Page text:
Tenant-landlord dispute gets vicious in Fort Lauderdale

Tenant believes machete attack accusation is part of plot to get him out

By Janine Stanwood - Anchor/Reporter, Sanela Sabovic - Reporter, Andrea Torres - Digital Reporter/Producer

FORT LAUDERDALE, Fla. - Last week, Jimmie Leeks said strangers threatened him. He said they told him they wanted him to leave the efficiency he has been renting from Maurice Blanchar in Fort Lauderdale. 

Leeks said he called police officers to report the threats. He has a case number. Days later, he was home when Fort Lauderdale Police Department officers came knocking.

"I get on the ground. They handcuff me," Leeks, 48, said. "They sit me down."

Leeks said the officers questioned him. His 89-year-old landlord told the officers Leeks pulled out a machete and "started slicing" him with it, while he used his cane to defend himself. Leeks said he had never seen the machete before and he never laid a hand on Blanchar.   

While Leeks was released from prison in 2013 and has a criminal history that includes cocaine possession in 1989 and eluding police in 2010, Broward County court records show Blanchar has had a series of removal-of-tenant disputes from 1991 to 2011.

Blanchar filed lawsuits against Garrett Smith, John Curtis Ingle, Jaime Soto, Laura Carvalho and Samuel Porro. Leeks said Blanchar is now accusing him of a crime he did not commit.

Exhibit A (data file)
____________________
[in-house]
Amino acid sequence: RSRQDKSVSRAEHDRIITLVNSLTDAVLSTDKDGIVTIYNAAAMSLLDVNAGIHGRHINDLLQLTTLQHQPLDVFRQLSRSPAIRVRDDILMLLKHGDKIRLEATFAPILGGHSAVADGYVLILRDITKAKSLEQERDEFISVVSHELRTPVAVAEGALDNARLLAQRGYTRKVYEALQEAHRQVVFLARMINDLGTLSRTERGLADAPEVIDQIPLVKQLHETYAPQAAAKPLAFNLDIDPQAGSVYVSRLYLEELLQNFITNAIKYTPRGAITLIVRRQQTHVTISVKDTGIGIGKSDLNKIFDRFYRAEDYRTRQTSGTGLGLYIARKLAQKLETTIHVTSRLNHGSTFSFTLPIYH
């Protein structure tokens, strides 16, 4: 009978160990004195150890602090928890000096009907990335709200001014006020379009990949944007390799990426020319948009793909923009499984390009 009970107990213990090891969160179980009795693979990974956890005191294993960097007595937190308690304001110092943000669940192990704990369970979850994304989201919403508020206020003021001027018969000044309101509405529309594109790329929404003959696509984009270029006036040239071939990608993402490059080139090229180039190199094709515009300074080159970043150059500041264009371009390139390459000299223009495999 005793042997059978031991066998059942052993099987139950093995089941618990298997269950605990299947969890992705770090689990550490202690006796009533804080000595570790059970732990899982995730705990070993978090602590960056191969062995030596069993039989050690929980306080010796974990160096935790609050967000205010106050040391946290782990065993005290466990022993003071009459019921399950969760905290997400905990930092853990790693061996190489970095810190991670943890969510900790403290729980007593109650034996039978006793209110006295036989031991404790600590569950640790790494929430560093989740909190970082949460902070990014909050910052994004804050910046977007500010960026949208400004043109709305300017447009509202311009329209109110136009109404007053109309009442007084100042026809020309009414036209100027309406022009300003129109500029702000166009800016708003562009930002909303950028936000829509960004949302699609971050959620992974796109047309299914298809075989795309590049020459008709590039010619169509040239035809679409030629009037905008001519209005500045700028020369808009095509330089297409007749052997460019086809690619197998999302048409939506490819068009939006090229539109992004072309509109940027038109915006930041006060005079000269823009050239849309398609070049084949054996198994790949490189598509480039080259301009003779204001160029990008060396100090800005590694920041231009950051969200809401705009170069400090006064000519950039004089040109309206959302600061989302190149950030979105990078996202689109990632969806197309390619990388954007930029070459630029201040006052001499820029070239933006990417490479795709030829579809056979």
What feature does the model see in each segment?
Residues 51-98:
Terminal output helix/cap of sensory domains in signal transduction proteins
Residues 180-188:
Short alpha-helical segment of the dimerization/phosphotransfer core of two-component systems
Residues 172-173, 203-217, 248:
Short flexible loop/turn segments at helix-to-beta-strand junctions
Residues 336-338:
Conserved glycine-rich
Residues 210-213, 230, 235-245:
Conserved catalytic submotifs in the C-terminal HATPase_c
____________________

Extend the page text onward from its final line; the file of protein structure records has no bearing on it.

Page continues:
Blanchar, who says he is a World War II veteran, was not hospitalized for his injuries. He had a jacket with a bloody stain as evidence of the attack, but police officers did not take it as evidence. 

"He didn’t even have stitches nowhere," Leeks said

Blanchar told officers that Leeks owed him money, and he asked Leeks to pay up before the attack. He also said he felt weak and officers took his cane as evidence, and he was having difficulty walking without one. 

"I’ve been through so many things in my life. One would think enough is enough,” Blanchar said on Thursday.

Leeks — who still had the keys to the efficiency unit in Blanchar’s property on Friday afternoon — said the alleged machete attack never happened, but officers didn't believe him. Broward County prosecutors charged him with aggravated assault.  

When police officers arrested him on Wednesday, Leeks said he noticed it looked like the machete was brand new. He now hopes that detectives will be able to see that his report about the strangers who intimidated him last week and Blanchar's accusations are connected. 

No one answered at Blanchar’s home on Friday evening. 

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